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 TWO AM

 

The hours between Midnight and the grey predawn light had always been a magic time for Nick. Three quarters of Zootopia would be asleep, leaving it to the nocturnal animals like bats, raccoons and foxes. The street lights would be dimmed, and the shadows would lengthen. Sometimes Nick could walk for hours up and down the streets without seeing another soul, but knowing they were there, watching. It was something no daylight oriented mammal could really understand, that feeling in the air, the knowledge that there was a second Zootopia, occupying the same physical space as the sunlit one but so profoundly different in many ways.

 

Tonight for example, he’d taken a long walk to the tarmac two-lane road leading into town, only turning around when he’d reached the outskirts of town, listening to the crickets chirp in the grass and the occasional hoot of an owl. Then he turned back, whistling to himself and walked around the house to the back porch to catch a few winks before the Hopps clan began to wake up and start their long work day.

 

To his surprise, he found Judy waiting for him, sitting on the porch with her paws between her knees, ears flat and hanging low behind her head.

 

“What’s wrong?” Nick asked, sitting down beside her.

 

Judy shrugged, looking down at her feet. “Can’t sleep,” she muttered.

 

“Pain?”

 

“No.”

 

“Bad dreams?”

 

“Yeah,” she admitted, and then added, “I texted Clawhauser last night and bullied him into emailing me copies of the evidence photos from my mauling.”

 

“What?” Nick exclaimed. “Why would you want to look at those? No wonder you’re having nightmares.”

 

She finally looked up at him. “Because it didn’t seem real to me. Nick, I can’t remember any of it happening. My last memory is of me turning the corner into that alley, and then waking up in the hospital with you sitting beside me. Almost two weeks of my life between those moments is a complete blank.”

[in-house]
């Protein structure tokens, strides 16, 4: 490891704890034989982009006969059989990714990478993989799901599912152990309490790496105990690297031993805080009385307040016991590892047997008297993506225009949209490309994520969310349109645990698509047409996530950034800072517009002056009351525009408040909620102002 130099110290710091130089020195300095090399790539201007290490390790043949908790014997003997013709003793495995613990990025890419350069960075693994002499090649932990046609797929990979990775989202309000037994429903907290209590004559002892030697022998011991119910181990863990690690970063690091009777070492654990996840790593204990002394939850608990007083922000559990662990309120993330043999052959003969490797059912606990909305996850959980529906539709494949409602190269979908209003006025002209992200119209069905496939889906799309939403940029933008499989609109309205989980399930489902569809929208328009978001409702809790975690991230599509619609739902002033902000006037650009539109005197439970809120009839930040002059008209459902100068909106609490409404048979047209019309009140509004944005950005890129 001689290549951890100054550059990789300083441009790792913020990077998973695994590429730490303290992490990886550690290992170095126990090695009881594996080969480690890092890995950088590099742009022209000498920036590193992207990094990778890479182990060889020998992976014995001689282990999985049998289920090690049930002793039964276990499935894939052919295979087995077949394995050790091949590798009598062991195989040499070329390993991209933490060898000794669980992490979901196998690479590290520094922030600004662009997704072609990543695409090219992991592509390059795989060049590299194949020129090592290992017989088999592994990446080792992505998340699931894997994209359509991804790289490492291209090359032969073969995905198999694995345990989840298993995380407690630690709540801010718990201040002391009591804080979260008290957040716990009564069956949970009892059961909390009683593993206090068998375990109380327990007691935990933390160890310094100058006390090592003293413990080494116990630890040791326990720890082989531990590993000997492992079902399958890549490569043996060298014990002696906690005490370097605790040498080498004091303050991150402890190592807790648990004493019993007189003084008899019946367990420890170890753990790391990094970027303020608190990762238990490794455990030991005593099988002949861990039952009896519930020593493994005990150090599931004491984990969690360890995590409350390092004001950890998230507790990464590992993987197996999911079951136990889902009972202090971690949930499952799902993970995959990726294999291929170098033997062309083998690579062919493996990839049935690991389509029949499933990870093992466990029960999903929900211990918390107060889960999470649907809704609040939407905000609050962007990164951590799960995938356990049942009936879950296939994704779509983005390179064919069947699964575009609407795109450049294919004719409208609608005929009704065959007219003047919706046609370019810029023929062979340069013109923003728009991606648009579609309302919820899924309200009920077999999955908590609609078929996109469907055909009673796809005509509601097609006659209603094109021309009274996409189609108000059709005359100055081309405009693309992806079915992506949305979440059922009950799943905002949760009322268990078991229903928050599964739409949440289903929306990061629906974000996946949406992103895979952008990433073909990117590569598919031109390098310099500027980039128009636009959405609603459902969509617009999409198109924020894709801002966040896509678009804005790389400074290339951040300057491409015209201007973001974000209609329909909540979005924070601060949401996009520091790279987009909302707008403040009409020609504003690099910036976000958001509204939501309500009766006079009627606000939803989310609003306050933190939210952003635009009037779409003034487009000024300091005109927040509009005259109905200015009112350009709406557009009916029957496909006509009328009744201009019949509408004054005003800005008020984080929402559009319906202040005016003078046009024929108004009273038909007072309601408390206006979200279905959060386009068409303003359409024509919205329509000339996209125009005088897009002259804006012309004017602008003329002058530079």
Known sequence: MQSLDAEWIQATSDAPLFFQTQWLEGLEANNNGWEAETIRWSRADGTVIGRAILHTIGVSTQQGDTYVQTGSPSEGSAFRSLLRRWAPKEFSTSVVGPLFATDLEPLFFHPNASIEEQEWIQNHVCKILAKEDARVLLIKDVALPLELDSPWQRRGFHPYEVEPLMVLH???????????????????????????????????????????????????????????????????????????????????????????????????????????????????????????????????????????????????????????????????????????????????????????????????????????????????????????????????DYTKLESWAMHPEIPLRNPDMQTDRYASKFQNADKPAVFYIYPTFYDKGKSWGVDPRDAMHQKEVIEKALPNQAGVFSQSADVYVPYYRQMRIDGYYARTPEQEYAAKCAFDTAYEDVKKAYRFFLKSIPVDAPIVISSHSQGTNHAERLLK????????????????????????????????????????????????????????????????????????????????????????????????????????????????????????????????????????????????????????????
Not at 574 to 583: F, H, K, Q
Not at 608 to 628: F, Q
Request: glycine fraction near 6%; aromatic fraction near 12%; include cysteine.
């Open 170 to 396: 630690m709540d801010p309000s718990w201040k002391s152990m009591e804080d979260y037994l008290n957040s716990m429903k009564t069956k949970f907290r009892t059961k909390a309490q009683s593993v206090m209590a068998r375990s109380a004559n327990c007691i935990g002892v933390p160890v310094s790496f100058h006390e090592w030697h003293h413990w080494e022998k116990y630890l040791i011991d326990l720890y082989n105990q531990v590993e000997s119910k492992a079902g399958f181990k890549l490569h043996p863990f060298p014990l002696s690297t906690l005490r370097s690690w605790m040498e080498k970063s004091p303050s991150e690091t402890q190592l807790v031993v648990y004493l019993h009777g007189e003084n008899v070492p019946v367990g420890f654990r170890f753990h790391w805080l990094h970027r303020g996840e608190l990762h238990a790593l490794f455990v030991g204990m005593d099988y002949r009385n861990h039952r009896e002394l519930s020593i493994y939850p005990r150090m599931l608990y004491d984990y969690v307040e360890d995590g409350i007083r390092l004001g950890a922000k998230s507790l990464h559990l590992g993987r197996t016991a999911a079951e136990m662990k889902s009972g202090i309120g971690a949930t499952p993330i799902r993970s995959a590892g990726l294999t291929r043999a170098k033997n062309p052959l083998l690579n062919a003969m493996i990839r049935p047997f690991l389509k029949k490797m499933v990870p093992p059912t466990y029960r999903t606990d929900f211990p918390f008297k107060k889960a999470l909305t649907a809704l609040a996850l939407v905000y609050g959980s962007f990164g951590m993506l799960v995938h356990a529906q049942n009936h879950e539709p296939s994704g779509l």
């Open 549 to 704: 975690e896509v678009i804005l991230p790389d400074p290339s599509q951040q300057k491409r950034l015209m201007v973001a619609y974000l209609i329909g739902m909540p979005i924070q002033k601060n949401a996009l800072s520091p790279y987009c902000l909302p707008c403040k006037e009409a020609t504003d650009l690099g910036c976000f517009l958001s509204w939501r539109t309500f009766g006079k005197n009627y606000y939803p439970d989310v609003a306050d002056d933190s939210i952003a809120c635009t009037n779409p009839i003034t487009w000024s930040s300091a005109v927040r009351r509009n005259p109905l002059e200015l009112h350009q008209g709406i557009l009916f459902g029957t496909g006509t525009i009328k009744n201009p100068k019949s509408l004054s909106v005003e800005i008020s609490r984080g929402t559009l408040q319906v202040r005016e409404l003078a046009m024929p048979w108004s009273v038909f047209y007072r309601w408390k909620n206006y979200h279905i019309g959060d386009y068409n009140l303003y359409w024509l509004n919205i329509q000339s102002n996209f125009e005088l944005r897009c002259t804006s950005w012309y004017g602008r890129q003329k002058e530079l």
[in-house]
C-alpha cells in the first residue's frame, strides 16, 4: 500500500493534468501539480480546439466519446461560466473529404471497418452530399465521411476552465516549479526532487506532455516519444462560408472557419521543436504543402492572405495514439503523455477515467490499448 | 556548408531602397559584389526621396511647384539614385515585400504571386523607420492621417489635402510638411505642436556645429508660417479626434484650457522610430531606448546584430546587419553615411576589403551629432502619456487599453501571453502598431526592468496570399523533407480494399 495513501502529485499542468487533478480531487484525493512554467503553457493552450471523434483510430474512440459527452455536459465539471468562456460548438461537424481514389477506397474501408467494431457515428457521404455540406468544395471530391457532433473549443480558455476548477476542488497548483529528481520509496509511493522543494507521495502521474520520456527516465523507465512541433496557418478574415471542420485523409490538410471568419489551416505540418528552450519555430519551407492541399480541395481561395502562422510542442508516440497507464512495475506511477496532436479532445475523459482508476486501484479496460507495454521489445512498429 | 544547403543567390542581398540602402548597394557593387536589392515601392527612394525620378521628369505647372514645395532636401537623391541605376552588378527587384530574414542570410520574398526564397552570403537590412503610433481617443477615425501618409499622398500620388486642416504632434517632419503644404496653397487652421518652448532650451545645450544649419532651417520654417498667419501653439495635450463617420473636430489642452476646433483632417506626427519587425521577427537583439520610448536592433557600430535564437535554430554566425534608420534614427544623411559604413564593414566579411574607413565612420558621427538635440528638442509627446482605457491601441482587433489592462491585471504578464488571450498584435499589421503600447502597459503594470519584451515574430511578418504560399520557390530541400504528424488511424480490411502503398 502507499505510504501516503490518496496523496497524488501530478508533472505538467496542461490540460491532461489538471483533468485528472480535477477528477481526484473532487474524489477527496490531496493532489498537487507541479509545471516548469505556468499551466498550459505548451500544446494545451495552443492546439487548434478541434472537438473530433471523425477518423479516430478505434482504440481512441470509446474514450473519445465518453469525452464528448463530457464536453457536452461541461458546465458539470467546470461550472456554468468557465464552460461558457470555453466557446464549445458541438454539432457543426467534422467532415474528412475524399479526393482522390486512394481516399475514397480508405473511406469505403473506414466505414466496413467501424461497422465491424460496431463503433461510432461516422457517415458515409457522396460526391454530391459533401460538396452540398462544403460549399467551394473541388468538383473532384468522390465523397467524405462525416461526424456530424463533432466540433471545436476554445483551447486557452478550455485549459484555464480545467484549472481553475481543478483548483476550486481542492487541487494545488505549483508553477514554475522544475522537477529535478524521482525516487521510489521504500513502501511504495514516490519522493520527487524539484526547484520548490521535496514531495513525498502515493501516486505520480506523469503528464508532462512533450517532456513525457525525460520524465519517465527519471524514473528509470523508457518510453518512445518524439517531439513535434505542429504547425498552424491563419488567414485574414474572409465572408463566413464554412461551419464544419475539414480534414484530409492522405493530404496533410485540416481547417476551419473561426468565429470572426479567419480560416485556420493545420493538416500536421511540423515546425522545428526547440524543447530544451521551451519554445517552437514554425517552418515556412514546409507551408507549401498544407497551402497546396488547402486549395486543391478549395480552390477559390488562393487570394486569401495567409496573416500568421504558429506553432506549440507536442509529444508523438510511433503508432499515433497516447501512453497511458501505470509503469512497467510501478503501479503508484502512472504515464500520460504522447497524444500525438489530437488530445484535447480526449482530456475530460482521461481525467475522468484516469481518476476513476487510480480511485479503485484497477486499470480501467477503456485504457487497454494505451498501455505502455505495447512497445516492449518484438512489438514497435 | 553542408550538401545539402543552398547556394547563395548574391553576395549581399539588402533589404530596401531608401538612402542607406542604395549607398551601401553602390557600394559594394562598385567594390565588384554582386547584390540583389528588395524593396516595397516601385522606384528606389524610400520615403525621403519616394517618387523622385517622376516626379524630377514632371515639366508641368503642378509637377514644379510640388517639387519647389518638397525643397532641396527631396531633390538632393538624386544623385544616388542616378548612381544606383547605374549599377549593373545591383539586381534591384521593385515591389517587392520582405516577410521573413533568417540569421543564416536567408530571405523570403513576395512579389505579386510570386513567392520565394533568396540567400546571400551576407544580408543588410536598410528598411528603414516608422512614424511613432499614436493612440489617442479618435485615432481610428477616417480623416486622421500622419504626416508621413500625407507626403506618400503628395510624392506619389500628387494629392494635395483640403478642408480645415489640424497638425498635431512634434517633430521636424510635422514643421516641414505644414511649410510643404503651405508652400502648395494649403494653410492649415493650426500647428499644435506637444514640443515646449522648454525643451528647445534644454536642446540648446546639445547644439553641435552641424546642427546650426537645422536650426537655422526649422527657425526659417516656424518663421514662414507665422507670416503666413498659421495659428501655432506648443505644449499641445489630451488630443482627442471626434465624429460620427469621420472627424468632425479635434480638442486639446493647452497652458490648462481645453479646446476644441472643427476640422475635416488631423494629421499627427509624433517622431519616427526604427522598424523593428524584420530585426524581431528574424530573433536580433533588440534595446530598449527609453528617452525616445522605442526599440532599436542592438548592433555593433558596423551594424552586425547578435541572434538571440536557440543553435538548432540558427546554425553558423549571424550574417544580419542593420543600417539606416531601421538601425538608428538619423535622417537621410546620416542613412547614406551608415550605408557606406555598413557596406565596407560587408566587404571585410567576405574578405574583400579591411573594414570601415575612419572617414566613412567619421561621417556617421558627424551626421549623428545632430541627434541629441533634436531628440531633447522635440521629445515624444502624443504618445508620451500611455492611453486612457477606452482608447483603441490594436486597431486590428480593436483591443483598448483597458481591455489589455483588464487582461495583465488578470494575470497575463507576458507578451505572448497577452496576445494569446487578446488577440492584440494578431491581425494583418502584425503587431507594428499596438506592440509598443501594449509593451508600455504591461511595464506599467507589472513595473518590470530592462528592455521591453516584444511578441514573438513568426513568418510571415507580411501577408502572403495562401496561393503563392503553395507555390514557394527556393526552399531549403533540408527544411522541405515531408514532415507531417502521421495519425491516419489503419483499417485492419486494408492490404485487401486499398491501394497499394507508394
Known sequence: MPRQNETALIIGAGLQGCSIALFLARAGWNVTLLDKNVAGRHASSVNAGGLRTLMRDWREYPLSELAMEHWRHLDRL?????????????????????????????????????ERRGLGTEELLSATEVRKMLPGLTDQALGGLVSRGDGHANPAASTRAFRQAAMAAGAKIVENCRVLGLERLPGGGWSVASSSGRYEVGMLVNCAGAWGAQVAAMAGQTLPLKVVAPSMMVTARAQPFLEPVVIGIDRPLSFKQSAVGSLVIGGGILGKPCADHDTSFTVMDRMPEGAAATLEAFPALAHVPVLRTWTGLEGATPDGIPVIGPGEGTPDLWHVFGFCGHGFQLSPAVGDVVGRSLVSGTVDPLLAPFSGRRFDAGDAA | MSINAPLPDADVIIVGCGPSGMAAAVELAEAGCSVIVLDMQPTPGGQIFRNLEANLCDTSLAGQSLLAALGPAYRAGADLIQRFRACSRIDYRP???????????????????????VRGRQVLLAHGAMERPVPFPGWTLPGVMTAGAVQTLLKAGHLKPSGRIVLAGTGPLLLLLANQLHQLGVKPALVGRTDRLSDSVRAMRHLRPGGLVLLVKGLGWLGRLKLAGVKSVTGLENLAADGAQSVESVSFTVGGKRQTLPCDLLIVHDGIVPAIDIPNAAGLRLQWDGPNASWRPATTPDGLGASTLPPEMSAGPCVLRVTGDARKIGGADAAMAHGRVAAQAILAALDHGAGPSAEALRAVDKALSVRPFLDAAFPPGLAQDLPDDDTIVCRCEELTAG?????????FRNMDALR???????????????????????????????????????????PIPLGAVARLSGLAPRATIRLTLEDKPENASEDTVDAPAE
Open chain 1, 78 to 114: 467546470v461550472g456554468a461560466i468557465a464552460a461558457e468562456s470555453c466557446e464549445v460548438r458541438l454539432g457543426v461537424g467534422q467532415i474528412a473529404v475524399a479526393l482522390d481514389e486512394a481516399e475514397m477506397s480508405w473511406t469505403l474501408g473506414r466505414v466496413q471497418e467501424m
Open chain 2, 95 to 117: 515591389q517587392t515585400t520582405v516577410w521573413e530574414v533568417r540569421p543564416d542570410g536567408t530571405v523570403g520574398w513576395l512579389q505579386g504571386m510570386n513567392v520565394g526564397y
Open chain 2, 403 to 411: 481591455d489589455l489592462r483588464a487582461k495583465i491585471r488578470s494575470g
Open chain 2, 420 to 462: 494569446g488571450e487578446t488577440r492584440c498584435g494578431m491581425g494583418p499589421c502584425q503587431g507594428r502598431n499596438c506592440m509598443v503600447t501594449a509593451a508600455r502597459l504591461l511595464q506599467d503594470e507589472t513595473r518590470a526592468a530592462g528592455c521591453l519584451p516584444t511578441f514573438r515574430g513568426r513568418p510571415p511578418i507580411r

“Judy, I told you the whole story about what happened,” he said patiently. “Looking at a bunch of photos of bloodstains on the ground isn’t really going to add much to it.”

 

She took in a breath. “I also got the footage from both our body cams.”

 

“Jesus H. Christ on a Moped, no wonder you’re having nightmares. Chief Bogo would have you and Clawhauser’s ears if he found out you accessed evidence without cause like that.” He could just imagine what the footage from Judy’s cam looked like. All that would really be visible would be a quick swipe of the polar bear’s paw, a blurred view of the street as she flew the air, then a thud as she hit the wall and himself standing over and trying to give first aid.

 

“Nick, there was so much blood. What would you have done if I’d died?” Judy asked.

 

He reached over and gave her paw a strong squeeze. “I would have been a mess, I won’t deny it. But I wouldn’t have done anything stupid.”

 

“You’re sure?”

 

He smiled. “Come on, Carrots. You think I’d want to get to the Rainbow Bridge only to have you waiting for me on the other side, shouting, ‘Nick! You dumb fox!’”

 

That finally got a laugh from her, or at least an amused snort. “Thanks Nick,” she said.

 

“Not a problem. You willing to take a word of advice though?”

 

“Sure.”

He squeezed her paw again. “Don’t dwell on this. You start going over alternate scenarios about what could have happened and you’ll spin in circles until you’re sick. You can’t change the past, and trust me, I know how wishing you could can eat at you. Just concentrate on moving forward, towards the goal in front of you, not looking back at the mistakes behind you.”

 

Judy smiled. “Thank you, Nick. I’ll try to remember that.”

 

“You better.” He smiled back at her. “You think you can get back to sleep now?”

 

“I think so, but…” She swallowed. “You said I had first dibs on napping in the hammock with you, right?”

 

“I… Yes, I did,” Nick said, thankful that there was no way Judy could see the blush in his ears as he clambered into the hammock, and then helped her to nestle against his side.

 

This is a very, very bad idea, he thought to himself, even as he wrapped his arm around her shoulders. Judy’s body may have been small, but it was surprisingly heavy as she curled up against him, all muscle and little fat, her high metabolism  making her skin and fur warm enough that he left the sleeping bag he slept in unzipped even with the night’s chill. “Comfy?” Nick asked softly.

 

“Mmm hmm,” Judy murmured back, pressing herself a little closer, her eyes already closed.

 

She’s just a friend, Nick told himself firmly. Your friend and your partner, and that’s all. Like he’d told Tommy, he couldn’t ask her to be anything more.

 

But lord was she soft and warm…

July 2017

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